Second, ISIS has managed to build strongholds around population centers in both Iraq and Syria. Stepped-up military operations will force ISIS to hide in these cities, resulting in violent street-to-street combat that is difficult to win and incurs tons of collateral damage. Earlier this year, for example, attempts to recapture Fallujah, in Iraq, were incredibly bloody and only moderately effective. More battles like those are highly unlikely to succeed.
Even the current, limited operations conducted by the West have been unsuccessful. ISIS relocated most of its assets, heavy weaponry, and members underground before strikes even began. Many reports conclude that ISIS’s capabilities have been relatively unaffected by Western airstrikes.
At the end of the day, realities on the ground render Western military action ineffective. To make matters worse, the long-term consequences of military action are dire. A military offensive risks deepening the political crisis that underpins ISIS’s spread, spurring Sunnis to side with ISIS in reaction to perceived oppression. Furthermore, ISIS knowingly exploits Sunni disillusionment with the government and its Western allies to recruit additional members. Military action may well entrench ISIS further.
Other militant groups in the region are equally concerning. Large-scale military operations may unite insurgent groups in a common fight against the West. Already the al-Nusra Front, a Syrian al-Qaeda affiliate, has promised retaliation to airstrikes aimed at ISIS. ISIS stands to benefit enormously if it teams up with Nusra Front or other al-Qaeda offshoots. The only thing worse than ISIS is ISIS with al-Qaeda’s resources at its disposal.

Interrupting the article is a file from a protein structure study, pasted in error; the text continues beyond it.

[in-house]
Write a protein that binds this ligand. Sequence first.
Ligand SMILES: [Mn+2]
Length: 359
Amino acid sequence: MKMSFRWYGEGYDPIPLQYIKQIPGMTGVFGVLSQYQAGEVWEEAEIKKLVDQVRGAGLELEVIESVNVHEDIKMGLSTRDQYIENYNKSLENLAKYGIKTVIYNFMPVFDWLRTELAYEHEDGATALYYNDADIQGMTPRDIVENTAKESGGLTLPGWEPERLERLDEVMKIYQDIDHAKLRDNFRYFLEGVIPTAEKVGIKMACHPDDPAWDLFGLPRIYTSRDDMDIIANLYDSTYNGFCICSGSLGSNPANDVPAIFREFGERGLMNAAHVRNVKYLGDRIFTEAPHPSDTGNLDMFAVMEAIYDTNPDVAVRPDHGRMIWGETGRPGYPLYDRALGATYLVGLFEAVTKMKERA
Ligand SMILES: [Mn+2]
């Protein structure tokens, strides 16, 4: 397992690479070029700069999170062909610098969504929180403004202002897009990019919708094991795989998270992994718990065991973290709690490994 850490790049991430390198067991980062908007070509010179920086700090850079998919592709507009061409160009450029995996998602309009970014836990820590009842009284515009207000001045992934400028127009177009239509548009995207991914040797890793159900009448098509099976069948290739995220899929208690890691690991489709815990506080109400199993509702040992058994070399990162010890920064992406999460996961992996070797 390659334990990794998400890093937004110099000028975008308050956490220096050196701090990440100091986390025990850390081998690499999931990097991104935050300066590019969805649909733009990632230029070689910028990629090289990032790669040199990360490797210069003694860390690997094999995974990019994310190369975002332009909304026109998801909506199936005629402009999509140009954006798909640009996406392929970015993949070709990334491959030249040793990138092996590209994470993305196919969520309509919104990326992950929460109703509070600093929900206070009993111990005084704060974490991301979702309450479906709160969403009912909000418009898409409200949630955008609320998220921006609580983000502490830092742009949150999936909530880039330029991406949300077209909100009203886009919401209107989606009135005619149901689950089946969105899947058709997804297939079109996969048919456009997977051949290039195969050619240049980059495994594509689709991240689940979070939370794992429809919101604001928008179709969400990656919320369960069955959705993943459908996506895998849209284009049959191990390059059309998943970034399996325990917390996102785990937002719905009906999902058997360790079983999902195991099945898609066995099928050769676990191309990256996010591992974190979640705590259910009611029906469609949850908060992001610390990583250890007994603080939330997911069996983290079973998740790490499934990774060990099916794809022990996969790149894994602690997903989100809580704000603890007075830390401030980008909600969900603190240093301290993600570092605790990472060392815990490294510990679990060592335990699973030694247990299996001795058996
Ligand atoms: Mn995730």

Ultimately, military operations simply don’t have a realistic chance of success. At a minimum they are risky enough that they should be off the table until we have a concrete plan to avoid the harms outlined above. However, this doesn’t mean that the West is powerless to try to dislodge ISIS.
The groups with the best military capabilities to combat ISIS are local militias and Sunni tribes, which have mostly remained passive up to this point. Nevertheless, many powerful tribes have indicated that they would be willing to turn on ISIS – so long as they are guaranteed rights by the new Iraqi government, which was formed last month. In particular, they want the US to use its influence to force those guarantees.
This could be a real game-changer for the ISIS crisis. Tribes insist that once they commit to resistance, “dealing with” ISIS won’t be difficult. History suggests this isn’t just warlords blowing smoke, as Sunni tribes played a key role in dislodging al-Qaeda in Iraq in 2006 and 2007. Al-Qaeda was only able to resurge because the Iraqi government inexplicably disbanded and jailed many indigenous military leaders years later. Already tribes have had success combating ISIS in the few instances where they’ve revolted, killing 16 in just one isolated clash near Fallujah in August.
These are rare encouraging signs in the fight against ISIS. The West should not endanger this progress. Instead, the West should acquiesce to Sunni calls for a political solution to the problems underlying ISIS’s rise. Indigenous forces on the ground can take it from there – and even if they can’t, at least the West can be satisfied that they aren’t making the situation worse.